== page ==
Slip on Ridge Transform Faults: Insights from Earthquakes and Laboratory Experiments

Margaret Boettcher, Ph.D., 2005
J. Gregory Hirth, Jeffrey McGuire, Advisors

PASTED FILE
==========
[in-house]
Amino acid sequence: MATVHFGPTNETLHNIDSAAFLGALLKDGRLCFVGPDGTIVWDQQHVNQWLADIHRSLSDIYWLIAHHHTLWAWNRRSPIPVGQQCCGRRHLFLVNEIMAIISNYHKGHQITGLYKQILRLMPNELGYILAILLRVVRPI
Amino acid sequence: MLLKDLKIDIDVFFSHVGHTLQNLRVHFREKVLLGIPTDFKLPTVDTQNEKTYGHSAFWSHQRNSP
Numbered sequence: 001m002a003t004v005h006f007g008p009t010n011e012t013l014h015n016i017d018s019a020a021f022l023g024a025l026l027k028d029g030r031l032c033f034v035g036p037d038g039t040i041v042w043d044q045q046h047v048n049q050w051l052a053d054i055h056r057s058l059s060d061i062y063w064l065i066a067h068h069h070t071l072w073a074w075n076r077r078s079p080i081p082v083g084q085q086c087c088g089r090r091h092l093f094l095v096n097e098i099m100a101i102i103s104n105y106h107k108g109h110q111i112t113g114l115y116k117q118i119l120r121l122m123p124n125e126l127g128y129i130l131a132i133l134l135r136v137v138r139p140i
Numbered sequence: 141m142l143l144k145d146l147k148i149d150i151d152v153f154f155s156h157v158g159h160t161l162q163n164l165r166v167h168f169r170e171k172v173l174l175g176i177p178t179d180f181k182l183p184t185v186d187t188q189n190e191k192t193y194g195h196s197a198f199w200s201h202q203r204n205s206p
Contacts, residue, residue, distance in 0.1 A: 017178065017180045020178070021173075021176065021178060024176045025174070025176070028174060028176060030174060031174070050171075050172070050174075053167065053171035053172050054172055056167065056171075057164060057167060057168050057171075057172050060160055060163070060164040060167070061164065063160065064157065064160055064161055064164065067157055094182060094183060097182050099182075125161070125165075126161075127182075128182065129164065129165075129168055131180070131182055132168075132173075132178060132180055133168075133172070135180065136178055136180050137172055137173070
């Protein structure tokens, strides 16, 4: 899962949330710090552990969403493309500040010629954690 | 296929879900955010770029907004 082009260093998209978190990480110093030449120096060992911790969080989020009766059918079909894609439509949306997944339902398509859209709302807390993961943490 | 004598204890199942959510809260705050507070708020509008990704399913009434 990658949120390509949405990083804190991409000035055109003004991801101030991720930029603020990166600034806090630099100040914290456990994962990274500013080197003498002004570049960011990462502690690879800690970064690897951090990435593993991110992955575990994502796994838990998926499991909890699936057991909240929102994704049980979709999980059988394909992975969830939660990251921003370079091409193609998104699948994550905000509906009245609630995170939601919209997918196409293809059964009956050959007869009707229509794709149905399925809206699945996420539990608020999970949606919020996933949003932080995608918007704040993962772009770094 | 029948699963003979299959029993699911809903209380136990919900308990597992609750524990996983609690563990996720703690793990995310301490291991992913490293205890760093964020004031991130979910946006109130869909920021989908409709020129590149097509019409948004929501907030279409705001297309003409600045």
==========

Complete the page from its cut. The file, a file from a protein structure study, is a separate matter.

The relatively simple tectonic environment of mid-ocean ridge transform fault (RTF) seis- micity provides a unique opportunity for investigation of earthquake and faulting processes. We develop a scaling model that is complete in that all the seismic parameters are related to the RTF tectonic parameters. Laboratory work on the frictional stability of olivine ag- gregates shows that the depth extent of oceanic faulting is thermally controlled and limited by the 600°C isotherm. Slip on RTFs is primarily aseismic, only 15% of the tectonic offset is accommodated by earthquakes. Despite extensive fault areas, few large earthquakes oc- cur on RTFs, and few aftershocks follow the large events. Standard models of seismicity, in which all earthquakes result from the same seismic triggering process, do not describe RTF earthquakes. Instead, large earthquakes appear to be preceded by an extended fault preparation process marked by abundant foreshocks within 1 hour and 15 km of the main- shocks. In our experiments normal force vibrations, such as seismic radiation from nearby earthquakes, can weaken and potentially destabilize steadily creeping faults. Integrating the rheology, geology, and seismicity of RTFs, we develop a synoptic model to better un- derstand the spatial distribution of fault strength and stability and provide insight into slip accommodation on RTFs.